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CV preparation

CV myths versus realities

We’ve never come across anyone who enjoyed writing a CV but writing one will be a necessity at some point in your career. One of the difficulties people find is knowing what to include and what not to include. Added to this is trying to understand what the person reading your CV really wants to see in it.

To make things a little clearer, here are the top five CV myths debunked that we’ve have come across with candidates recently:

Myth: CVs aren’t even that important anymore.

Whilst it is true that a CV may not be the deciding factor between getting a job or not, it is the difference between getting an interview or not, and an interview is a gateway to a job offer. A common mistake is also that it is more about ‘who you know’. This will only get you so far, ultimately you still need to demonstrate ‘what you know’.

Reality: A CV is your first chance to make an impact.

Myth: A few grammar mistakes won’t make a difference.

Proofread, proofread and proofread again and then get someone else to proofread your CV. Spelling mistakes and grammar errors are never okay. These mistakes indicate that you lack attention to detail and given that most jobs require attention to detail, you’re not getting off to a good start. It also suggests that you rushed your CV and didn’t put a great deal of importance on the role that you are applying for.

Reality: Grammar counts.

Myth: A hiring manager won’t read anything longer than two pages.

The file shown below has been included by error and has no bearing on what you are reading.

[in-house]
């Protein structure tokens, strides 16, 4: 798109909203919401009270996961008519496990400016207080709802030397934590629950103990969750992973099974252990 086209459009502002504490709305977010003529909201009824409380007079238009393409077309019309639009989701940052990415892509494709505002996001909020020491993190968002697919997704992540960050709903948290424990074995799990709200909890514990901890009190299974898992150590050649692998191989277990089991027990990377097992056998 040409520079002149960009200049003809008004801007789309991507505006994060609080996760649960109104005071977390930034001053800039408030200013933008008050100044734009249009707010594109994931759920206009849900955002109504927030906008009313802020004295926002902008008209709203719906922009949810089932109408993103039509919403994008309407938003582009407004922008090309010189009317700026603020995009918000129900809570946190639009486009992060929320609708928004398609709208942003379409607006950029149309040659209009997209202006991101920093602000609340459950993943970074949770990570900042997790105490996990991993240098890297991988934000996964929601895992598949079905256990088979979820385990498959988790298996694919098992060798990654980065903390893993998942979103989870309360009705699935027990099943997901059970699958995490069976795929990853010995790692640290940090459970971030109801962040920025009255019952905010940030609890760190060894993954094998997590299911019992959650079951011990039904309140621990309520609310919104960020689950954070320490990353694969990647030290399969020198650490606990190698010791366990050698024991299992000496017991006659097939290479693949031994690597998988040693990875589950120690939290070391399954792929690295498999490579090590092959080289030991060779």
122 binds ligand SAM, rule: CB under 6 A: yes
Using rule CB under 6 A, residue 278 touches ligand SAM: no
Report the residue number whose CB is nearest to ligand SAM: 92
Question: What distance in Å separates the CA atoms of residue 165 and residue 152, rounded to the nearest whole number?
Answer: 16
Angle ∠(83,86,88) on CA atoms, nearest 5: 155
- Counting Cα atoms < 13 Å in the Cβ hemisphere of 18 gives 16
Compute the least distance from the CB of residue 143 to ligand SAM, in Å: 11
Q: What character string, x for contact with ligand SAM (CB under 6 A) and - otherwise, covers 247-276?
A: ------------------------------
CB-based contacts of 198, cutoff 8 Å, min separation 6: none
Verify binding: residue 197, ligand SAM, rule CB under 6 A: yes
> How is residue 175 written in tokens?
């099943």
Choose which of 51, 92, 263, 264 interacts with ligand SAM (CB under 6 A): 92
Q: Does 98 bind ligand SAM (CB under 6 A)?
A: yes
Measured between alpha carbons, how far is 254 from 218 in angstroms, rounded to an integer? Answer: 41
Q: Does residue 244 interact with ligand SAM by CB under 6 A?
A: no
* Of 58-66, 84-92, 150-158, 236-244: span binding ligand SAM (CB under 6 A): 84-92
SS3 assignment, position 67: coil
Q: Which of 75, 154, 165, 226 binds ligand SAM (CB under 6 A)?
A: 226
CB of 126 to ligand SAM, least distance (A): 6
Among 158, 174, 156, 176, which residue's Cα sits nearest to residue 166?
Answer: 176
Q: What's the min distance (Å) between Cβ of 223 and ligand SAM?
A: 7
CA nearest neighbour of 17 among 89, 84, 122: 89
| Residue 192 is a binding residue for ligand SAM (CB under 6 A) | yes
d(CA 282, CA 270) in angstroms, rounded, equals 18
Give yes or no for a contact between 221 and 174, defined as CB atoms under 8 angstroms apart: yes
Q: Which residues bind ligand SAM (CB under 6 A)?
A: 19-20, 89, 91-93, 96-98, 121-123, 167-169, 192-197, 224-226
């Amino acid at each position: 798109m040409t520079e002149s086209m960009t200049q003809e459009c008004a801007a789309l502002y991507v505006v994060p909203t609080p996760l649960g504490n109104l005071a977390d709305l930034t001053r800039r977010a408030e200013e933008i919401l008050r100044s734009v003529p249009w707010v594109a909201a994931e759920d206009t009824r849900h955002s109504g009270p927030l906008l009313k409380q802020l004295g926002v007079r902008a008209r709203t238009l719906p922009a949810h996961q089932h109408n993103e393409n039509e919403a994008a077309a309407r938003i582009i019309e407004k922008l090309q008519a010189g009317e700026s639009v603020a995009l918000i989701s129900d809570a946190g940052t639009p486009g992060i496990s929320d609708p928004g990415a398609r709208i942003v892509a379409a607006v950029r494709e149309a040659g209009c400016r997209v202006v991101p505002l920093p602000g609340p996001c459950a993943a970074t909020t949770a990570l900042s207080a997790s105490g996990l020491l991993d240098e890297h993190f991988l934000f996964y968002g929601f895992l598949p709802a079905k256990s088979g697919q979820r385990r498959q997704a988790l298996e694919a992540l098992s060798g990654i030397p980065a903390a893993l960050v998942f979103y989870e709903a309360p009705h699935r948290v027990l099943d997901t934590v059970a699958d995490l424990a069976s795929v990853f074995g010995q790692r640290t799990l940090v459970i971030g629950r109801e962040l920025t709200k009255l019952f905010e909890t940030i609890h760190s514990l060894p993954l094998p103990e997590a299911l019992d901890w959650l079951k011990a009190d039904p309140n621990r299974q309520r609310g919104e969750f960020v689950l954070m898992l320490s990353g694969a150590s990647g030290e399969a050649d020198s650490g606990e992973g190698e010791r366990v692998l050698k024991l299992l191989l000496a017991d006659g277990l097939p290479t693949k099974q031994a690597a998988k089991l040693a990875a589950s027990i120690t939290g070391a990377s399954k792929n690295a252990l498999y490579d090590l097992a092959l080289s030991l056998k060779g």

If you are an experienced candidate, trying to cram everything on two pages will end up disadvantaging you. What a hiring manager doesn’t want is to read a CV filled with irrelevant information. Only include relevant information that is applicable to the role you are applying for. Whilst your two-week work experience 15 years ago may have been relevant 15 years ago, it probably isn’t now.

Reality: What’s key is that your CV is relevant and concise.

Myth: I need to make sure my CV stands out graphically.

If a hiring manager wants to see your design skills, they’ll ask for a portfolio. Other than that, they generally won’t care for graphics and borders and whether you can put your CV onto the back of a sweet packet.

Reality: Make it legible and unfussy.

Myth: If it’s on the job spec, it needs to be on my CV.

This goes for both technical and soft skills. Whilst listing your relevant skills, only note them if you can give real-life examples. It’s going to be a problem if you are asked about these in an interview and then can’t back them up with specific detail. This will also make your CV look quite generic. What will get you noticed more is your achievements.

Reality: Your achievements will be more impressive than a generic skill list copied from the job spec.

First impressions count, and your CV is often the first interaction you will have with a potential employer. A CV is only a door opener though, so make sure you are prepared to talk through your skills and experience in detail at an interview.